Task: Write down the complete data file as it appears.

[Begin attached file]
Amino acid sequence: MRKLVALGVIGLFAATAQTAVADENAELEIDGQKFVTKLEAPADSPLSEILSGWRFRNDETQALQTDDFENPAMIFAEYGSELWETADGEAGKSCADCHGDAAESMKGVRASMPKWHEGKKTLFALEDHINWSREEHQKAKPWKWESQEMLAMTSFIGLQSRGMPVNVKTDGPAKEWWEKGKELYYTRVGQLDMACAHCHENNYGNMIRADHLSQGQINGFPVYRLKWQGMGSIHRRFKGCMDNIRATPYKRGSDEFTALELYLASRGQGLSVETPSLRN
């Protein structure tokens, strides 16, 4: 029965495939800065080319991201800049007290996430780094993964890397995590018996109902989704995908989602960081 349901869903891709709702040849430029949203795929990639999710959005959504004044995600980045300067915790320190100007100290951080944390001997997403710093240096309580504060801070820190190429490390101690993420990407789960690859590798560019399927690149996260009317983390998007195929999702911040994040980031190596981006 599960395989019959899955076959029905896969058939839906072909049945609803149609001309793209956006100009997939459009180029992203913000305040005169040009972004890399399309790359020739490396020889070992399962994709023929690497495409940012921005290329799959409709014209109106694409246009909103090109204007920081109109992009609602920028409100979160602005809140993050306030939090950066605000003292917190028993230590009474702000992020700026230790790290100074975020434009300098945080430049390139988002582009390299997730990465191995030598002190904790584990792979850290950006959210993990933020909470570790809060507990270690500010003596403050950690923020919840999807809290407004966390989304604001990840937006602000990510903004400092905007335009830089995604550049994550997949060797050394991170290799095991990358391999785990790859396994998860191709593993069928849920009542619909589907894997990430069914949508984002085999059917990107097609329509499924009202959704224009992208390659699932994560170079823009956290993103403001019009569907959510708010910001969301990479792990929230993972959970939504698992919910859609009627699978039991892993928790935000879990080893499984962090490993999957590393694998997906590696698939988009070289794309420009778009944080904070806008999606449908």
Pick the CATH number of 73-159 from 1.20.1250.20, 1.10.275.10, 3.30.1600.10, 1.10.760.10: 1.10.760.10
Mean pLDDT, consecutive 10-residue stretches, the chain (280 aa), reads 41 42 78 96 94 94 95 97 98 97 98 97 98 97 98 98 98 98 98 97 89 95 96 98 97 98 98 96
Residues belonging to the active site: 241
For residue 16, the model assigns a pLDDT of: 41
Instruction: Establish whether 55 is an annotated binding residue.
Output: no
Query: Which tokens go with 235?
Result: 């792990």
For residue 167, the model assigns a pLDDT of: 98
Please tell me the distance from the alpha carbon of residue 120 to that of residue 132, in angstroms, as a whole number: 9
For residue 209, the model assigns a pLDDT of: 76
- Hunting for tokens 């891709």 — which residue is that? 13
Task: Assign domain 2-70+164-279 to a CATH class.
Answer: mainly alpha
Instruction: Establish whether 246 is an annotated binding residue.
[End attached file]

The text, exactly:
Amino acid sequence: MRKLVALGVIGLFAATAQTAVADENAELEIDGQKFVTKLEAPADSPLSEILSGWRFRNDETQALQTDDFENPAMIFAEYGSELWETADGEAGKSCADCHGDAAESMKGVRASMPKWHEGKKTLFALEDHINWSREEHQKAKPWKWESQEMLAMTSFIGLQSRGMPVNVKTDGPAKEWWEKGKELYYTRVGQLDMACAHCHENNYGNMIRADHLSQGQINGFPVYRLKWQGMGSIHRRFKGCMDNIRATPYKRGSDEFTALELYLASRGQGLSVETPSLRN
């Protein structure tokens, strides 16, 4: 029965495939800065080319991201800049007290996430780094993964890397995590018996109902989704995908989602960081 349901869903891709709702040849430029949203795929990639999710959005959504004044995600980045300067915790320190100007100290951080944390001997997403710093240096309580504060801070820190190429490390101690993420990407789960690859590798560019399927690149996260009317983390998007195929999702911040994040980031190596981006 599960395989019959899955076959029905896969058939839906072909049945609803149609001309793209956006100009997939459009180029992203913000305040005169040009972004890399399309790359020739490396020889070992399962994709023929690497495409940012921005290329799959409709014209109106694409246009909103090109204007920081109109992009609602920028409100979160602005809140993050306030939090950066605000003292917190028993230590009474702000992020700026230790790290100074975020434009300098945080430049390139988002582009390299997730990465191995030598002190904790584990792979850290950006959210993990933020909470570790809060507990270690500010003596403050950690923020919840999807809290407004966390989304604001990840937006602000990510903004400092905007335009830089995604550049994550997949060797050394991170290799095991990358391999785990790859396994998860191709593993069928849920009542619909589907894997990430069914949508984002085999059917990107097609329509499924009202959704224009992208390659699932994560170079823009956290993103403001019009569907959510708010910001969301990479792990929230993972959970939504698992919910859609009627699978039991892993928790935000879990080893499984962090490993999957590393694998997906590696698939988009070289794309420009778009944080904070806008999606449908």
Pick the CATH number of 73-159 from 1.20.1250.20, 1.10.275.10, 3.30.1600.10, 1.10.760.10: 1.10.760.10
Mean pLDDT, consecutive 10-residue stretches, the chain (280 aa), reads 41 42 78 96 94 94 95 97 98 97 98 97 98 97 98 98 98 98 98 97 89 95 96 98 97 98 98 96
Residues belonging to the active site: 241
For residue 16, the model assigns a pLDDT of: 41
Instruction: Establish whether 55 is an annotated binding residue.
Output: no
Query: Which tokens go with 235?
Result: 């792990």
For residue 167, the model assigns a pLDDT of: 98
Please tell me the distance from the alpha carbon of residue 120 to that of residue 132, in angstroms, as a whole number: 9
For residue 209, the model assigns a pLDDT of: 76
- Hunting for tokens 């891709």 — which residue is that? 13
Task: Assign domain 2-70+164-279 to a CATH class.
Answer: mainly alpha
Instruction: Establish whether 246 is an annotated binding residue.